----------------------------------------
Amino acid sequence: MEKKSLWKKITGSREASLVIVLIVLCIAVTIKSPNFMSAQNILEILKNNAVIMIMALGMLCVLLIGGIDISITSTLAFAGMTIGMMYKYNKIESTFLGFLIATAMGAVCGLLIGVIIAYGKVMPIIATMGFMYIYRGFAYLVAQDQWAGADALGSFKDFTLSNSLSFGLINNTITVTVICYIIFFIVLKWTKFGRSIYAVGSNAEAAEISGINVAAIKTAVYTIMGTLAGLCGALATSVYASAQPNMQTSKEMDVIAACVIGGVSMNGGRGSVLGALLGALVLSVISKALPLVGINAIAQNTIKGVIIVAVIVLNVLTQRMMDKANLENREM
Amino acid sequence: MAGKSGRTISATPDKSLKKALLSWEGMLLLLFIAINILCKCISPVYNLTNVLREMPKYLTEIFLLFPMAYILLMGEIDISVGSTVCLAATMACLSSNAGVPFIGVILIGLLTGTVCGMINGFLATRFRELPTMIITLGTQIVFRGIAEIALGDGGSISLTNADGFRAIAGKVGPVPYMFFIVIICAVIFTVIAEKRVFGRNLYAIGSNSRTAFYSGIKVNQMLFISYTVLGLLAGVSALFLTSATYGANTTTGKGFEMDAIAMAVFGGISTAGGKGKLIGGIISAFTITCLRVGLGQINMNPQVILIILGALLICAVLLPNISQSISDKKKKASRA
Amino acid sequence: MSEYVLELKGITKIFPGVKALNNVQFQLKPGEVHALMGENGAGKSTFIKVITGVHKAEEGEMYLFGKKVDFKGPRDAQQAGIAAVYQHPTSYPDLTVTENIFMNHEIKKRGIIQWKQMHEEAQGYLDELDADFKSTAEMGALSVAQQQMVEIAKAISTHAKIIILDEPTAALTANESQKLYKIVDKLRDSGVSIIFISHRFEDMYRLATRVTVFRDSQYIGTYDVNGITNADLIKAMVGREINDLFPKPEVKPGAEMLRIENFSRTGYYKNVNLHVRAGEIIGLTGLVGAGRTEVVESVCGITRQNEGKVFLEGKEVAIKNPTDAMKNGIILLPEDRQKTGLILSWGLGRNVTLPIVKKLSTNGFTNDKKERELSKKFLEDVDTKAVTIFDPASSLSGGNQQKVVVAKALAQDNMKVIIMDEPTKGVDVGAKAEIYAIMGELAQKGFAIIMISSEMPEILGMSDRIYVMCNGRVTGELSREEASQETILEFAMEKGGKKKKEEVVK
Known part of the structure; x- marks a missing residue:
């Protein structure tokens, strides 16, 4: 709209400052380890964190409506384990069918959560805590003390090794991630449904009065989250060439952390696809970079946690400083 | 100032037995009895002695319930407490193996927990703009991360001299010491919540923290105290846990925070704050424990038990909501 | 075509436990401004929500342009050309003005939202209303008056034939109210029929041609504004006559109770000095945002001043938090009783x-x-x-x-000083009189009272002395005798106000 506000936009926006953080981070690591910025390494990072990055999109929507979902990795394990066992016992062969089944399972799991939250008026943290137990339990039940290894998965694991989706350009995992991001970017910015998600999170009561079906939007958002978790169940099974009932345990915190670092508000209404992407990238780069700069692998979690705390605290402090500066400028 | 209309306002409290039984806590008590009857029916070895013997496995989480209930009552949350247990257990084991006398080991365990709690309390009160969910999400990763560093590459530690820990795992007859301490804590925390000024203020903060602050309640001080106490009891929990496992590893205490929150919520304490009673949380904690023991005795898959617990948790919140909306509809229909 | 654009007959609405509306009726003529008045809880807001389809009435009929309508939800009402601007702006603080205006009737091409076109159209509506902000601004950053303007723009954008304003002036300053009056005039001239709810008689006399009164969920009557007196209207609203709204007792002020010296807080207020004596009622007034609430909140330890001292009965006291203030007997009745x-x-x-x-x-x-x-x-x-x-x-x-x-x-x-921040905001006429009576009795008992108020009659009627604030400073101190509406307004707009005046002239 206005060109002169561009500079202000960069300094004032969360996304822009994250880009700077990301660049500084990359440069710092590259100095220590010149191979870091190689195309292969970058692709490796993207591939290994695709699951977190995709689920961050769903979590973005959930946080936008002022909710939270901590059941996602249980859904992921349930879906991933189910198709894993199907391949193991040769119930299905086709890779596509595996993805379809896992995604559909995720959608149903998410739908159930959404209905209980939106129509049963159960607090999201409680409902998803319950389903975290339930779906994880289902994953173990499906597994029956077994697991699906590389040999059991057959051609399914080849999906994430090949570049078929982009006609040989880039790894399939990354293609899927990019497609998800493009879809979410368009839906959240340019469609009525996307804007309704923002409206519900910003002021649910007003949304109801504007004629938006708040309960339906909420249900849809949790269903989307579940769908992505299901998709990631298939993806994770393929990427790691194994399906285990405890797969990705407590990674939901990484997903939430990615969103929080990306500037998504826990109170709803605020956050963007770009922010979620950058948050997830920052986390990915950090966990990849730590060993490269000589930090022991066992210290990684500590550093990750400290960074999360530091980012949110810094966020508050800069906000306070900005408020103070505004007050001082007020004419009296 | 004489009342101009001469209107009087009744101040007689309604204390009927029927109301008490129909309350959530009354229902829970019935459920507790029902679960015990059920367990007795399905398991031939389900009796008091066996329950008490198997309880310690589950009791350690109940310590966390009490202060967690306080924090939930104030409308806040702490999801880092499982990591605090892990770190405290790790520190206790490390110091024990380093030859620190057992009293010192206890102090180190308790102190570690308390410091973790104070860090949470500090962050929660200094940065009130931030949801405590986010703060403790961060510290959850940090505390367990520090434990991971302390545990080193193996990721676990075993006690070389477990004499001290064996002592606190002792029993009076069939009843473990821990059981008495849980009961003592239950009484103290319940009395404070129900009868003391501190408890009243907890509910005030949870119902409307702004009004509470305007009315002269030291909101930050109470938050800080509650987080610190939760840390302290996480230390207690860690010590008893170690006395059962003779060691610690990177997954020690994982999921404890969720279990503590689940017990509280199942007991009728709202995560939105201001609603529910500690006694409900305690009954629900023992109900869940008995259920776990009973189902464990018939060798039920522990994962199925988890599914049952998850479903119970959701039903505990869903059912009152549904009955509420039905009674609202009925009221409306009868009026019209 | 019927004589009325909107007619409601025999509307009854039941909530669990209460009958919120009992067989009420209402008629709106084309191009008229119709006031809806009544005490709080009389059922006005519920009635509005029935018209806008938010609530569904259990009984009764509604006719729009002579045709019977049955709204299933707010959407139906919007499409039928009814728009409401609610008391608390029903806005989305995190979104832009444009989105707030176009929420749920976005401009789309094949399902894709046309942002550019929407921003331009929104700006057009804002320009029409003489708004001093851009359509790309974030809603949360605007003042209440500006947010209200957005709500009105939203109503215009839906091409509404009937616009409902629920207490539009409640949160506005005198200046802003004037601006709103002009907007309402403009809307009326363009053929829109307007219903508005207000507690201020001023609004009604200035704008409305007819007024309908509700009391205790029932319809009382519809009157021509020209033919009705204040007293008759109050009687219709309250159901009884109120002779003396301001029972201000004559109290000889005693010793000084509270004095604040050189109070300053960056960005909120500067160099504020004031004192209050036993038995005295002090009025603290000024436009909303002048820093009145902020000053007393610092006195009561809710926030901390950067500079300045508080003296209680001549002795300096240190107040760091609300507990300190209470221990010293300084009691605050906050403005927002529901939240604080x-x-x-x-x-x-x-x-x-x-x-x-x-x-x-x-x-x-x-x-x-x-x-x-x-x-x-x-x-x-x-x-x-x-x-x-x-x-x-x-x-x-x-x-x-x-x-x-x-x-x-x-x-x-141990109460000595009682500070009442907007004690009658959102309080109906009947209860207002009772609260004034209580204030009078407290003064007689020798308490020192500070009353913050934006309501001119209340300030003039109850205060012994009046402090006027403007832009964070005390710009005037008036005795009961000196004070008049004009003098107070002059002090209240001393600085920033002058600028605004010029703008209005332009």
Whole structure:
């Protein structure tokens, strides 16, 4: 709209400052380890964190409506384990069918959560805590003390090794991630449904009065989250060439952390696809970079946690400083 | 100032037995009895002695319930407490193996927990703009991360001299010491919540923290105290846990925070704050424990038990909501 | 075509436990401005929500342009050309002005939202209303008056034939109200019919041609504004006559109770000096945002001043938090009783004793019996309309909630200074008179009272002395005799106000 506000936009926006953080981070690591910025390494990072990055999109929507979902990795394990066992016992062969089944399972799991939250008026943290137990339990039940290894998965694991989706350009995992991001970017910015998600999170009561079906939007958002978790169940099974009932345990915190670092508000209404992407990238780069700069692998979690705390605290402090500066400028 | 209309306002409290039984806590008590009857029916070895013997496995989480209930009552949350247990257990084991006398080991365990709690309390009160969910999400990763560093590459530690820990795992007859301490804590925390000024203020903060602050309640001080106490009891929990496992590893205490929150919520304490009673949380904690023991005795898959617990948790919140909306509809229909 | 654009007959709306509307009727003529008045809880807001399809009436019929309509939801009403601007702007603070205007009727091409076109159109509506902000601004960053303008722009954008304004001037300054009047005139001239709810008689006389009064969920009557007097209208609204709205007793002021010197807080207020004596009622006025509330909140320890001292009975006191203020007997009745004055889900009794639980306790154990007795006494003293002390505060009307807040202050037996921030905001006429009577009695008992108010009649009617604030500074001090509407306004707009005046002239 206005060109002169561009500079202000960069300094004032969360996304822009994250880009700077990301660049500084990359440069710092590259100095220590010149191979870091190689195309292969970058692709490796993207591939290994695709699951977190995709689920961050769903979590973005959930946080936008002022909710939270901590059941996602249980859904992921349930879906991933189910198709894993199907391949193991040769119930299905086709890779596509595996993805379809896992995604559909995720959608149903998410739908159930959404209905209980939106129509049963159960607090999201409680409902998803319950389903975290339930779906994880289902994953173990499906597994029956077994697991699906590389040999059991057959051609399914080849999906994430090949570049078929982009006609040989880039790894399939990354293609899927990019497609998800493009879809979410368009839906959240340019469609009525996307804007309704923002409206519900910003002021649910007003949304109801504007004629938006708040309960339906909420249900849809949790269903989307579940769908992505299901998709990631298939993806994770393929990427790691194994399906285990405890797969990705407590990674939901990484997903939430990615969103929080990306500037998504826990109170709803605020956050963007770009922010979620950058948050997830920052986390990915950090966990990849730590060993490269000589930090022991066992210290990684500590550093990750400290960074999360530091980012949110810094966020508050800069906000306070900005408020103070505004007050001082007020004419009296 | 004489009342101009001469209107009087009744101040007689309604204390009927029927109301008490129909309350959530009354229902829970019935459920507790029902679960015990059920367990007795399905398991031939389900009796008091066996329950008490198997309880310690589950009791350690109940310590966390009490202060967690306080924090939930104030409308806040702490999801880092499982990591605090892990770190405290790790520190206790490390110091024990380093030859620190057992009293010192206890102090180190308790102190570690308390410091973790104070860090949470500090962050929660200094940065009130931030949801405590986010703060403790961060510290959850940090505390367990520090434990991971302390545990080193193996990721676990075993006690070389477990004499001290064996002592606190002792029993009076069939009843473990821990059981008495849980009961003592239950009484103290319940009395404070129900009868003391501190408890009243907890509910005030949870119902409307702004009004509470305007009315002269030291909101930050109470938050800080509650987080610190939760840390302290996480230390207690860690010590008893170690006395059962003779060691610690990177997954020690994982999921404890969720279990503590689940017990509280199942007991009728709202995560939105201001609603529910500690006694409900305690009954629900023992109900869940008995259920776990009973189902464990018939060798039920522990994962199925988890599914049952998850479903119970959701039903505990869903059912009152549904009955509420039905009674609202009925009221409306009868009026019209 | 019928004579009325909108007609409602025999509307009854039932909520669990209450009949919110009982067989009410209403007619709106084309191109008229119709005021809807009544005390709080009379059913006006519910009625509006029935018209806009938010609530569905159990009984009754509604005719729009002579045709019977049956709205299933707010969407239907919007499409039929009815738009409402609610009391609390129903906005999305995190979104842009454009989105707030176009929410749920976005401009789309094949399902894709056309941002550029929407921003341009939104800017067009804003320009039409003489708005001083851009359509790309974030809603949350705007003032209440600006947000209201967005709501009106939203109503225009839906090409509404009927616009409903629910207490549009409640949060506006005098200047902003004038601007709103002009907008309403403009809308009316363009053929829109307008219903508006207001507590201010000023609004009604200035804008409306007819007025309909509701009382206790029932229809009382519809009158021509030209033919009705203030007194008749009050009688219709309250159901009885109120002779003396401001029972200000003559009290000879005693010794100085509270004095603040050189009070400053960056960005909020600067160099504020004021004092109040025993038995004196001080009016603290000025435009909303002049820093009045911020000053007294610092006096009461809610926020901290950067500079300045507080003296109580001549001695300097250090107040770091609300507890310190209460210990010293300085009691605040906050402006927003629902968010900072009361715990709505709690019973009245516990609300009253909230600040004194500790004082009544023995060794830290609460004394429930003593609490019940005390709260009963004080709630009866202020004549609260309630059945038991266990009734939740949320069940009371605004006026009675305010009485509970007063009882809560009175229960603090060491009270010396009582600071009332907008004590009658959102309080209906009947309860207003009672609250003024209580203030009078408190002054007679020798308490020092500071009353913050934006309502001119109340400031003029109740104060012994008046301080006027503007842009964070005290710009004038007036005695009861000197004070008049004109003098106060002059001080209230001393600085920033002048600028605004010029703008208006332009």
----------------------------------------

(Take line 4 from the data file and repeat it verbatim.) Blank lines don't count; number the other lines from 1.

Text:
Known part of the structure; x- marks a missing residue: